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RCC president to retire

Kemper-Pelle plans to stay until June of 2022
Cathy Kemper-Pelle

Rogue Community College President Cathy Kemper-Pelle announced Tuesday that she plans to retire at the end of June 2022. She became RCC’s sixth president July 1, 2016, and has worked in higher education since 1980.

"I have thoroughly enjoyed my leadership role at RCC and will miss working with such a stellar group of individuals," Kemper-Pelle wrote in an email to employees. "However, Rob [her husband] and I have five grandchildren who have graciously endured a long-distance relationship, and it is time to be hands-on, supportive grandparents before they get too much older."

Kemper-Pelle indicated that she will support the school “with all my heart” during its search for her successor. The RCC Board of Education has yet to release details about the search.

"I am going to be sad to see Cathy go," board member Claudia Sullivan said in the news release. "She has really steered RCC in an innovative direction and has the drive, vision and energy that has made innovations possible. However, I understand that Cathy's young family will only want her attention for a limited time, and she might regret not attending to them while the gettin’s good. I'm grateful that she is giving the board and the college a year to find a new president."

Kemper-Pelle and three regional presidents worked together to develop the Southern Oregon Higher Education Consortium in 2019, a regional education and workforce development entity tasked, according to its website, with “tackling some of the region’s most vexing higher education issues.” She also helped create the Department of Institutional Research.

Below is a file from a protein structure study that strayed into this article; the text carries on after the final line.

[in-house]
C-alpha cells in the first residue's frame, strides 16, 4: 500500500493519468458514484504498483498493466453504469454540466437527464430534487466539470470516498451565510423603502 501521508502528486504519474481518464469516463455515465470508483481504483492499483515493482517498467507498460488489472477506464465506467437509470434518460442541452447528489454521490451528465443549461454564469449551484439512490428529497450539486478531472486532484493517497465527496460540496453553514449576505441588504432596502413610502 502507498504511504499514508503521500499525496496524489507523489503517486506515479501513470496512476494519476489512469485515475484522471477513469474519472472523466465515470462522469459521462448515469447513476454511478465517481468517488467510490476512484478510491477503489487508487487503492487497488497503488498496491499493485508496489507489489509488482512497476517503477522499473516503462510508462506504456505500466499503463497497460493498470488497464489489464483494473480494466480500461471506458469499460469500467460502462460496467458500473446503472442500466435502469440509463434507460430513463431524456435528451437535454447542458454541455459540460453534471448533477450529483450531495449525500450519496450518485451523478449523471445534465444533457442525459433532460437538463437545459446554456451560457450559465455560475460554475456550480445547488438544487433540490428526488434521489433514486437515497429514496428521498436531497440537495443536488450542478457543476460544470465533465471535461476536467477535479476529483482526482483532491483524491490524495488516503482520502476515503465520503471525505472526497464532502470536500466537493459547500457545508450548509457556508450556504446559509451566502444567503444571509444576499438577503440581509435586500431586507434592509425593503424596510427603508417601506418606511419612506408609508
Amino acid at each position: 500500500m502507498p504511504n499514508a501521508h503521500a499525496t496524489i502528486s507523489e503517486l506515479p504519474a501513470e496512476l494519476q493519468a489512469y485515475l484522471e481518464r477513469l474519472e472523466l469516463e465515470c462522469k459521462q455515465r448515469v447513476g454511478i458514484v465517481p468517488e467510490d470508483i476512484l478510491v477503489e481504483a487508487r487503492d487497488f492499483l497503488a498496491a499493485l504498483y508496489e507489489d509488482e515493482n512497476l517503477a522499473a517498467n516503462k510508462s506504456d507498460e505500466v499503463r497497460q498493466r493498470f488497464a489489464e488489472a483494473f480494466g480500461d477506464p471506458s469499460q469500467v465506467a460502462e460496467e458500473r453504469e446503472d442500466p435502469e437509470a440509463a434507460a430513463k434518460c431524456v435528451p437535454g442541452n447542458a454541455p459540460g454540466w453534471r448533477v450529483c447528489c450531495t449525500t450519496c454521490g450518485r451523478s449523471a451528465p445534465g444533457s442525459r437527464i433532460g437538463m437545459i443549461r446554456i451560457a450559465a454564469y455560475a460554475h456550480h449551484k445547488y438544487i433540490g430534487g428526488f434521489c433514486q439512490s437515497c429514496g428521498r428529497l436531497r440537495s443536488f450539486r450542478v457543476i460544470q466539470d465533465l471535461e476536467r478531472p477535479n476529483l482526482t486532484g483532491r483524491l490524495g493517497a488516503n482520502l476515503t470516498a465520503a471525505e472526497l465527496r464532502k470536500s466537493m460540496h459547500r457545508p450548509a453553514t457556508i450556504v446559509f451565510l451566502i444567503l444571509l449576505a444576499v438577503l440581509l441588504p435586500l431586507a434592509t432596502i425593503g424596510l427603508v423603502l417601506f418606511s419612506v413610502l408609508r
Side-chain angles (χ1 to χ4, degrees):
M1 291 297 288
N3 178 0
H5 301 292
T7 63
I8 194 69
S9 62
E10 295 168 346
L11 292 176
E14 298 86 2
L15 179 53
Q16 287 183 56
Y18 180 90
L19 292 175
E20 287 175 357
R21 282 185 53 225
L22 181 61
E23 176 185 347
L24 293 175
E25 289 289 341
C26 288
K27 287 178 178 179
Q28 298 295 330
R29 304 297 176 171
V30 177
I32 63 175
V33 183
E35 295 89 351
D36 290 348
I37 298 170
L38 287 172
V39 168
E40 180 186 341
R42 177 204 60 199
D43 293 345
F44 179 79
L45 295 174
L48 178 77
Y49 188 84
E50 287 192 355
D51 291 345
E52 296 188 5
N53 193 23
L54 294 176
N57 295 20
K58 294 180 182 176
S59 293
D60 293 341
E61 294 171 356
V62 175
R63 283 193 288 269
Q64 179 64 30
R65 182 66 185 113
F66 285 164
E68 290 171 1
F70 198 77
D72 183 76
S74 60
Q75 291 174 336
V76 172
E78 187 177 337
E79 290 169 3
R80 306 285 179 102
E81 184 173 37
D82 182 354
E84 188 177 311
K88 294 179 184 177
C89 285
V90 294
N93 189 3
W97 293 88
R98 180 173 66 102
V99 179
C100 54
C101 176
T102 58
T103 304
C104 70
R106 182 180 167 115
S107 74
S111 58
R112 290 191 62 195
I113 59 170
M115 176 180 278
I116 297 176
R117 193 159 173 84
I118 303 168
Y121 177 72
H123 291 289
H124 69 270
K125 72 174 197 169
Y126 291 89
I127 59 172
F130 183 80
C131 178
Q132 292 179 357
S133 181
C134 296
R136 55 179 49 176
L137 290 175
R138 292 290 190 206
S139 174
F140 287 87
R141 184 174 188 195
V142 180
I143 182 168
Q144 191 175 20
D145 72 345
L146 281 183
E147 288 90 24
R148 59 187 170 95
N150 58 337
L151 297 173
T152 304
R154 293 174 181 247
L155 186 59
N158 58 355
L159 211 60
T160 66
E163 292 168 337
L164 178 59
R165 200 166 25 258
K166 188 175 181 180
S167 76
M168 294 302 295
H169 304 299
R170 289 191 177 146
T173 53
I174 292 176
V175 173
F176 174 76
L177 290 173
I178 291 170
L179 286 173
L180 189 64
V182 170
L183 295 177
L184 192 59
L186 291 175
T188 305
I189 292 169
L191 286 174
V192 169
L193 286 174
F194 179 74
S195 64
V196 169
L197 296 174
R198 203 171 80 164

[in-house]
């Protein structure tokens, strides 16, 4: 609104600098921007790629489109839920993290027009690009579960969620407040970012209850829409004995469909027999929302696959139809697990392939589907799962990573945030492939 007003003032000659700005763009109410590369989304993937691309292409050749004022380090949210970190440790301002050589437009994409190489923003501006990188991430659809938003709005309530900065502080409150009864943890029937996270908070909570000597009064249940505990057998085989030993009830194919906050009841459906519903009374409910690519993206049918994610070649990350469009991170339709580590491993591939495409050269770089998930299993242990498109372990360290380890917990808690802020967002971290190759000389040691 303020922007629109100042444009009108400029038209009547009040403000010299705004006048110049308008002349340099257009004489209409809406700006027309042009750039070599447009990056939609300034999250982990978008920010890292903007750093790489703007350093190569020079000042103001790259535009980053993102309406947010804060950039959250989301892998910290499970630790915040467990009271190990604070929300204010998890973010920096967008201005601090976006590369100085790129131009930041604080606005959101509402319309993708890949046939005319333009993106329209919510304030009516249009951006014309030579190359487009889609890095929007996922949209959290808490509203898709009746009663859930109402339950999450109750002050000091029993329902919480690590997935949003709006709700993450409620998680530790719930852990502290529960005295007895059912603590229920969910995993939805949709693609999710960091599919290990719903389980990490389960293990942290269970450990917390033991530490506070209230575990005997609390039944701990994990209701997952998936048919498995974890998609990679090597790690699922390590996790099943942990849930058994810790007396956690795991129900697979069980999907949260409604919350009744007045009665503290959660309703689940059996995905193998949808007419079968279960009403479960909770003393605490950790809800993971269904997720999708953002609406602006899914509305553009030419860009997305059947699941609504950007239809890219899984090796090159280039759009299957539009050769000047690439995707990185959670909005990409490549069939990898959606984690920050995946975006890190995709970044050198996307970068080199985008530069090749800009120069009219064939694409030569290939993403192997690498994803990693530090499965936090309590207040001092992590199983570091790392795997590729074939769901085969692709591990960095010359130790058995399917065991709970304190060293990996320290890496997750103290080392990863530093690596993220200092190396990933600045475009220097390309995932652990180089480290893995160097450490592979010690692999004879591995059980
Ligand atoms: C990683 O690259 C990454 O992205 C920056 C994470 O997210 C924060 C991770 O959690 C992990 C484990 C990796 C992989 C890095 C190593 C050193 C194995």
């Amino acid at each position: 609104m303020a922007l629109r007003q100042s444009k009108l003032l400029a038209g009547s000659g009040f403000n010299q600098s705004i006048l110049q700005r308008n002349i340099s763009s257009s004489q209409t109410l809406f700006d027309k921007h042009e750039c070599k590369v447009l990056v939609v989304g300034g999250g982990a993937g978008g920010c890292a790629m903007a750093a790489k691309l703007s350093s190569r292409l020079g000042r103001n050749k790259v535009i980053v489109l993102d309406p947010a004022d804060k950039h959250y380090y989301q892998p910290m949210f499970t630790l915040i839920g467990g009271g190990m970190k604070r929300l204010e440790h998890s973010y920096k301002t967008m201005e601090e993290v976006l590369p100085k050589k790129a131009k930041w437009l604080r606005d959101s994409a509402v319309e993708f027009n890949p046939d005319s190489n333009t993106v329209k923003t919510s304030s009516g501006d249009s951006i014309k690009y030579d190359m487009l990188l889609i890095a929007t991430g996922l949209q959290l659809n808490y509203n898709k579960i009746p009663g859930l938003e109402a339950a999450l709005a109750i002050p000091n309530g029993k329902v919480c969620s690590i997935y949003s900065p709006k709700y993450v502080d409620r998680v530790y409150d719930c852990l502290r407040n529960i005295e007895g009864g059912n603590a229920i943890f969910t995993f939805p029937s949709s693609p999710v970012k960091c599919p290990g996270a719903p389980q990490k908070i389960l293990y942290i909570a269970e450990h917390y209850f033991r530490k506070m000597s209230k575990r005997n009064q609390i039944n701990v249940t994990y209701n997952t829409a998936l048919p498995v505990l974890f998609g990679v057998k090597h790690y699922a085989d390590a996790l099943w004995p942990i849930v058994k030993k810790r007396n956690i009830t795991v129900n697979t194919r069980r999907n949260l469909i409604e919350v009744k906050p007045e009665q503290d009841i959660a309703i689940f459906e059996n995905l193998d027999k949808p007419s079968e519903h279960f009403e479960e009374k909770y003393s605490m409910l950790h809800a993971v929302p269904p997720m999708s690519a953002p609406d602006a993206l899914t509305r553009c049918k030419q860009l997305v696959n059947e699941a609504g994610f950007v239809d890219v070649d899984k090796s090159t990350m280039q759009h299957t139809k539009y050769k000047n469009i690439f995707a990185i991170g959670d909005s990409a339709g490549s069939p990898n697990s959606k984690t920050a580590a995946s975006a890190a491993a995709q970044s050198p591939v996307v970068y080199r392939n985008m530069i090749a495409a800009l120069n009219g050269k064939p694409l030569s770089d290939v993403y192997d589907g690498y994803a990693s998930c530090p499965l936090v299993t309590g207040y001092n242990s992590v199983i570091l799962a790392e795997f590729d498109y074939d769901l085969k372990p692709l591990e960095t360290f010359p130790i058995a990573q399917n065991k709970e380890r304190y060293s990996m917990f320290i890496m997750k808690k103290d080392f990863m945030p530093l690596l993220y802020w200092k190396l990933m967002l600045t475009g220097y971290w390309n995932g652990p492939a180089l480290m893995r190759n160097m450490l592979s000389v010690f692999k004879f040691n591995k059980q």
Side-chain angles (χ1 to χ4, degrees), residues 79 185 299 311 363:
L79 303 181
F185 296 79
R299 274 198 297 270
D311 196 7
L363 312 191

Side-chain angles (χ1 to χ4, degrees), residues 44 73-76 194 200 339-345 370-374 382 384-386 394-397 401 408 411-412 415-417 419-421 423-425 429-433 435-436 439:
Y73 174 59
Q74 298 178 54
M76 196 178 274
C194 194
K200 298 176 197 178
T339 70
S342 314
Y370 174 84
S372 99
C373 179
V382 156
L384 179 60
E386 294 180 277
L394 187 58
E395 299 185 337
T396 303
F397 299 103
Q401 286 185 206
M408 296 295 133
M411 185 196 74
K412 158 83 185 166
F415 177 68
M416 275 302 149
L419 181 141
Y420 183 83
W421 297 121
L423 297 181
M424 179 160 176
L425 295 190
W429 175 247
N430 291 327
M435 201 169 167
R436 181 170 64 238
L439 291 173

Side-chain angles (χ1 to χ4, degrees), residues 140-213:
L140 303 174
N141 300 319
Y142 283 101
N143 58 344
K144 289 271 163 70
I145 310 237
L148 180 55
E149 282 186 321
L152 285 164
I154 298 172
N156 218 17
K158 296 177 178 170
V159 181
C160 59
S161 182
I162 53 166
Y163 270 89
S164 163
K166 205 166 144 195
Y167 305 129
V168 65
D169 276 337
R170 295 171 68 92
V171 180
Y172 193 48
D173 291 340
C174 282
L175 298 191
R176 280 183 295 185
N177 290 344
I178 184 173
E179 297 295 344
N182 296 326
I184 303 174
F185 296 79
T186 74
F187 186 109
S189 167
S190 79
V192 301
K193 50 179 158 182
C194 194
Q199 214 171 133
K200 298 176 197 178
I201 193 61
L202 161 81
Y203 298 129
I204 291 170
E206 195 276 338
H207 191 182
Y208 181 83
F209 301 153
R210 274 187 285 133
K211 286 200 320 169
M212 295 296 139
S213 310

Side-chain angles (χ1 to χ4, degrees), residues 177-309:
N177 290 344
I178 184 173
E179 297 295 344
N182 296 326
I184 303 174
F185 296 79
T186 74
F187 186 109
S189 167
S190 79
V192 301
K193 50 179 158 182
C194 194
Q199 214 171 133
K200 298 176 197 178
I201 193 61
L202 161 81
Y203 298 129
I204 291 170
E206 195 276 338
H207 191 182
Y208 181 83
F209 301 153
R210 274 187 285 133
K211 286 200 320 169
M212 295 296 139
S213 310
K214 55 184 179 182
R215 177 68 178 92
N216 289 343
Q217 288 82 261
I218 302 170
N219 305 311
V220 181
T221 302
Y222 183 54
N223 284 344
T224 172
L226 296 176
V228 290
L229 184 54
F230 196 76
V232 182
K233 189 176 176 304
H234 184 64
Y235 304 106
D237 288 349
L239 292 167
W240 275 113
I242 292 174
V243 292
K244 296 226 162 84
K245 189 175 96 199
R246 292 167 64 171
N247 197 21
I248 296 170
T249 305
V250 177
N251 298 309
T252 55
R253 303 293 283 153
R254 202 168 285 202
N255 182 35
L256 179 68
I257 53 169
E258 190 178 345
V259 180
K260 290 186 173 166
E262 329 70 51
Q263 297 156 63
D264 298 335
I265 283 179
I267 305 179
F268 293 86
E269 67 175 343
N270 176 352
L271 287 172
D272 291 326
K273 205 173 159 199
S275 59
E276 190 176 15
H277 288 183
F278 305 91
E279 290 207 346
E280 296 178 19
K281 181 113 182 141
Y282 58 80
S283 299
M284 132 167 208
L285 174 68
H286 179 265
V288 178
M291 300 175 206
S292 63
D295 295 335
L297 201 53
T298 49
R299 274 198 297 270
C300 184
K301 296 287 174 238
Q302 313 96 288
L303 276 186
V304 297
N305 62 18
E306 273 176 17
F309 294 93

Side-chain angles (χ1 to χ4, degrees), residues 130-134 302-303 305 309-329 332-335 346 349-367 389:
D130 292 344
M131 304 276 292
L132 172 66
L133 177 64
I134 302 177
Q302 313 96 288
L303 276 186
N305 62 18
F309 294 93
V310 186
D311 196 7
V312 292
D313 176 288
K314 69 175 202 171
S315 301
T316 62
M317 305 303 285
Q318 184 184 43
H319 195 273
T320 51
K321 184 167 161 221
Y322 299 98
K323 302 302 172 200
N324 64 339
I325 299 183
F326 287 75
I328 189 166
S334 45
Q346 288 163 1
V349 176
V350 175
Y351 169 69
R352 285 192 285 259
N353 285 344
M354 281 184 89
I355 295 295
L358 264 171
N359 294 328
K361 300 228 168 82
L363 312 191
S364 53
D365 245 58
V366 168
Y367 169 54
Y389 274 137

Kemper-Pelle serves on several regional boards, including for ACCESS, Britt Festival, Medford-Jackson County Chamber of Commerce and Rogue Workforce Partnership. She also serves as chair of the Oregon Presidents’ Council, a monthly assemblage of the presidents of Oregon’s 17 community colleges.

Prior to joining RCC, Kemper-Pelle served as vice president of learning at Lee College in Baytown, Texas, from 2010 to 2016.

Kemper-Pelle earned an associate’s degree from Illinois Central College in 1975 and holds bachelor’s and master’s degrees in biology. She earned a Doctor of Education in community college leadership from the University of Texas at Austin in 2005.

Kemper-Pelle’s announcement comes about six weeks after RCC’s Board of Education voted unanimously to renew her contract, and about two-and-a-half months after the school announced it would be closing three buildings in downtown Medford as a cost-cutting move to deal with declining enrollment and revenue losses. The major restructuring is expected to save the college about $1 million a year in overhead, and other measures are in the works, including up to 15 layoffs and a reduction in the number of classes for part-time teachers.